Atlanta Fed Paper: We Reduced Unemployment By 0.13%!
A paper written by two staff members of the Federal Reserve Bank of Atlanta tried to quantify what all the Fed’s new money creation and related measures have accomplished. They conclude that unemployment today would be 0.13% higher without the radical measures and 1.0% higher if nothing at all had been done.
For some time, the Fed has been trying to demonstrate what its massive interventions have accomplished. This has not been easy. In the first place, the results have been poor, far below what the Fed hoped for. In the second place, the Fed does not even have a theory about it that can be modeled.
After many false starts, a few papers have emerged arguing that the Fed’s actions helped. But even these papers don’t argue that they helped much. And the story isn’t yet over.
Economist John Hussman has likened the Fed’s current financial policies to a Roach Motel, easy to get into, impossible to get out of. It will be interesting to see how the Fed tries to get out.
The Atlanta Journal-Constitution wrote about the new Fed paper: “Without the Fed and its low interest rates, the jobless rate would have been higher these past few years—pretty much all economists agree on that.” This will be news not only to Austrian economists, but to others as well.
If the Fed and federal government had not intervened in 2008 to arrest the crash which their own policies had created, unemployment would no doubt have been higher in 2008 or 2009. But by now, almost six years later, our economy might have long since recovered.
This is the difference between short term and long term thinking. Environmentalists are always reminding us that we need to consider long term results of how we treat our planet. We also try to teach our children to consider the long term, not just the short term, but the government always seems oblivious to anything but the next election.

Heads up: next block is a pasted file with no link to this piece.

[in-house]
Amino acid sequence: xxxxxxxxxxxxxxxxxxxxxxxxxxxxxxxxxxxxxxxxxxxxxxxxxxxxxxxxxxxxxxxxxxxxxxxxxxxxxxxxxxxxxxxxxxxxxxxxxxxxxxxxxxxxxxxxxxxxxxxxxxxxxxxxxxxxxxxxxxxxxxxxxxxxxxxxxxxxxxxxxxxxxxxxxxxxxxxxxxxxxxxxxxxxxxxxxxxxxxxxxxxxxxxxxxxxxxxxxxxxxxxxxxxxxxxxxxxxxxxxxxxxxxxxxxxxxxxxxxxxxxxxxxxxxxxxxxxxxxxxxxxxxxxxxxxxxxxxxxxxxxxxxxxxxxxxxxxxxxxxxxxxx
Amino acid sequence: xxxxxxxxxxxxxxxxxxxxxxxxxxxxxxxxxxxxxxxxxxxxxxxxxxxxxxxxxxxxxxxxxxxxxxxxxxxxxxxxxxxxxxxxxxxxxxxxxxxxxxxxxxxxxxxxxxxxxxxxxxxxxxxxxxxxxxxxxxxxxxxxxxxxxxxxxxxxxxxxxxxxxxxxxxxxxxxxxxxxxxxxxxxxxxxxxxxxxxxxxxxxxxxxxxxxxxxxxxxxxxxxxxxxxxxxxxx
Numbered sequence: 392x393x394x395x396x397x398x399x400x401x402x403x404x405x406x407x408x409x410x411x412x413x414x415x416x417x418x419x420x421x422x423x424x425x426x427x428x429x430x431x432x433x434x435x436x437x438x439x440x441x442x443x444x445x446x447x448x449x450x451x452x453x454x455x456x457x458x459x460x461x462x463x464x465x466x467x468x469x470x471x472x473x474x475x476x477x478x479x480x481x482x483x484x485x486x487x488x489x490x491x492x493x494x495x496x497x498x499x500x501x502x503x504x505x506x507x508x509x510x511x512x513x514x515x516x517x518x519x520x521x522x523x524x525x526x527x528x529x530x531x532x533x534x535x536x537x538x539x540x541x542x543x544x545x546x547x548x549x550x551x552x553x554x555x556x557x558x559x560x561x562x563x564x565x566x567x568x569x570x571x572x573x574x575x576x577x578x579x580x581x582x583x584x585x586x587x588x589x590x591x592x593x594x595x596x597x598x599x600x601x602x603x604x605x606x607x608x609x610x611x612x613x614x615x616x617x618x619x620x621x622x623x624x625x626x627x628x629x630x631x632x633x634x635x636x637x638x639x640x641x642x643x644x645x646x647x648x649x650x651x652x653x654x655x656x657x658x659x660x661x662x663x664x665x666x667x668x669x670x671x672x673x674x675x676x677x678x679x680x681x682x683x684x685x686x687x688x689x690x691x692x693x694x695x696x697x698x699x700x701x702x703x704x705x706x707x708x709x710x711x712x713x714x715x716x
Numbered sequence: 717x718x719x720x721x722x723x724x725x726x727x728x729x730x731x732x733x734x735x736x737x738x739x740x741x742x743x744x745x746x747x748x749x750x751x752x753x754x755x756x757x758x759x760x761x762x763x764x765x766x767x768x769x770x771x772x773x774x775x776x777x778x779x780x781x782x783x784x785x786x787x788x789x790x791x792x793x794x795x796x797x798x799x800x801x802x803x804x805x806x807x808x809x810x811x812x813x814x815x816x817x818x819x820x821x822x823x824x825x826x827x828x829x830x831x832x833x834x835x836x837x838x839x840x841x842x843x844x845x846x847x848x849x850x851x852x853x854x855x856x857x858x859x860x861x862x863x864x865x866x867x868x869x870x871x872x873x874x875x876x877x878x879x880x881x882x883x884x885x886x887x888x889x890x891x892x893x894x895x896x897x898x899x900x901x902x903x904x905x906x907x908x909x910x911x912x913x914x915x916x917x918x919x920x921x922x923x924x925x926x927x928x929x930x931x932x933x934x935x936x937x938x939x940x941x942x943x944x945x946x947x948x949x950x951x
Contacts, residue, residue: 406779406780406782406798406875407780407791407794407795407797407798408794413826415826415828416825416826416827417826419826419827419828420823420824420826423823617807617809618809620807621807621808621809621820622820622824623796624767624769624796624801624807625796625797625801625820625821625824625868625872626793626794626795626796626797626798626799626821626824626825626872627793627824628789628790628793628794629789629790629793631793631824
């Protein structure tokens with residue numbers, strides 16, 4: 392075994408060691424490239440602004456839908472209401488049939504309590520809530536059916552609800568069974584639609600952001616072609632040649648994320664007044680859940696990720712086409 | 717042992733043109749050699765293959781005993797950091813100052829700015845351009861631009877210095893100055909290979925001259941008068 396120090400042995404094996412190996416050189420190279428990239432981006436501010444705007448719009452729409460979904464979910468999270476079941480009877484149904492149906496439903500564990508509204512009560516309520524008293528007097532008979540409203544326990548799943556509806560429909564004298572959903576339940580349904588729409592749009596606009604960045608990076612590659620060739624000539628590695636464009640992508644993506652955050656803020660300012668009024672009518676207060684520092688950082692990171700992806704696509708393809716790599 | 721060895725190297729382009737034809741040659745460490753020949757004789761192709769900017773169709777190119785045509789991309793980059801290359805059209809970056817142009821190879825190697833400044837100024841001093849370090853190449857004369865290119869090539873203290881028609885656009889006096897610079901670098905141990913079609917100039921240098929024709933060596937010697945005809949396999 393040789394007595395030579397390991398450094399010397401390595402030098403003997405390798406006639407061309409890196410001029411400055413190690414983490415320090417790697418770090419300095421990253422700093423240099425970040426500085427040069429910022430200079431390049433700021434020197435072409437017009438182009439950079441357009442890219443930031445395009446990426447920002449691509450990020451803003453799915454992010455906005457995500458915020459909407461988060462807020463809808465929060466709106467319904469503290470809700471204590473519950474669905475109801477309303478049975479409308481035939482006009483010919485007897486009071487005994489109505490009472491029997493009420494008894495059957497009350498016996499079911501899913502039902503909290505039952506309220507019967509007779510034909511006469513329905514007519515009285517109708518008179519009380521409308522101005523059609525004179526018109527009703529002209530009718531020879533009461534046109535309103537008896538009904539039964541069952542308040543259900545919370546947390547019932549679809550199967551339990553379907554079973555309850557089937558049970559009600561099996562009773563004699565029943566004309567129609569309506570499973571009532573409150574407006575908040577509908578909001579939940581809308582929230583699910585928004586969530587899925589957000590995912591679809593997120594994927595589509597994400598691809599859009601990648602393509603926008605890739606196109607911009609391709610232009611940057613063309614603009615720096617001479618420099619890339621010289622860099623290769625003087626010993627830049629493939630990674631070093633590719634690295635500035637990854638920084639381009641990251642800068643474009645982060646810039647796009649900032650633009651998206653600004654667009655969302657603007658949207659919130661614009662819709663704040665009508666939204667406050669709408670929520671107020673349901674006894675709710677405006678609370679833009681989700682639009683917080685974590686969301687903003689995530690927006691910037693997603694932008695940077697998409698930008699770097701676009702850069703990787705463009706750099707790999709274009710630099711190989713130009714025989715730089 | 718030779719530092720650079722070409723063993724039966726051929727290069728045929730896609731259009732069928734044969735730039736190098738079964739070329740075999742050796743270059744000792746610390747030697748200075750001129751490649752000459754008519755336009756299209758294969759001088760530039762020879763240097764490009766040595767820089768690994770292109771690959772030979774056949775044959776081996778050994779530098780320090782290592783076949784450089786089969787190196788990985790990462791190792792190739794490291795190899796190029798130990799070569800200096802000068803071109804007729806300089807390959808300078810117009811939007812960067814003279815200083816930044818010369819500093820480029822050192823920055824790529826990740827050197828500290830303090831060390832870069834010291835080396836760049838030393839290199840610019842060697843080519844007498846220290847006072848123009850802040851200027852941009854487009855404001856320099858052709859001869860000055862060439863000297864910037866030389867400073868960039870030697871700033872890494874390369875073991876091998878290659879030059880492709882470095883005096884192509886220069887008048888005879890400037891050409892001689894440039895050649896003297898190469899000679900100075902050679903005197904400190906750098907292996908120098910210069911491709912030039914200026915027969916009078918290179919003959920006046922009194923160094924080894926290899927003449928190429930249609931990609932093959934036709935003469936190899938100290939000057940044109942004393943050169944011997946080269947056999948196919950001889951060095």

The Fed’s chairman, Janet Yellen, will be testifying today in Congress. Perhaps some senator or representative will ask her how she plans to conduct monetary policy in the future, since the Fed Funds rate, the key tool of past Fed policy, has been rendered increasingly irrelevant by recent Fed policy excesses.
We know that the Fed plans to lean heavily on the interest it pays on bank reserves, a new tool that was slipped into the TARP bill in 2008 without most members of Congress knowing. It might also be useful to ask how much of this interest is now being paid to foreign banks, which we are in effect subsidizing.
Another, related issue is whether the federal home-loan banks, which are not supposed to be eligible to “earn” this money, are evading the rule by lending to foreign banks who then “earn” it for them.
What all this illustrates is that the Fed operates in secrecy, and not even Congress has much of a clue what is going on.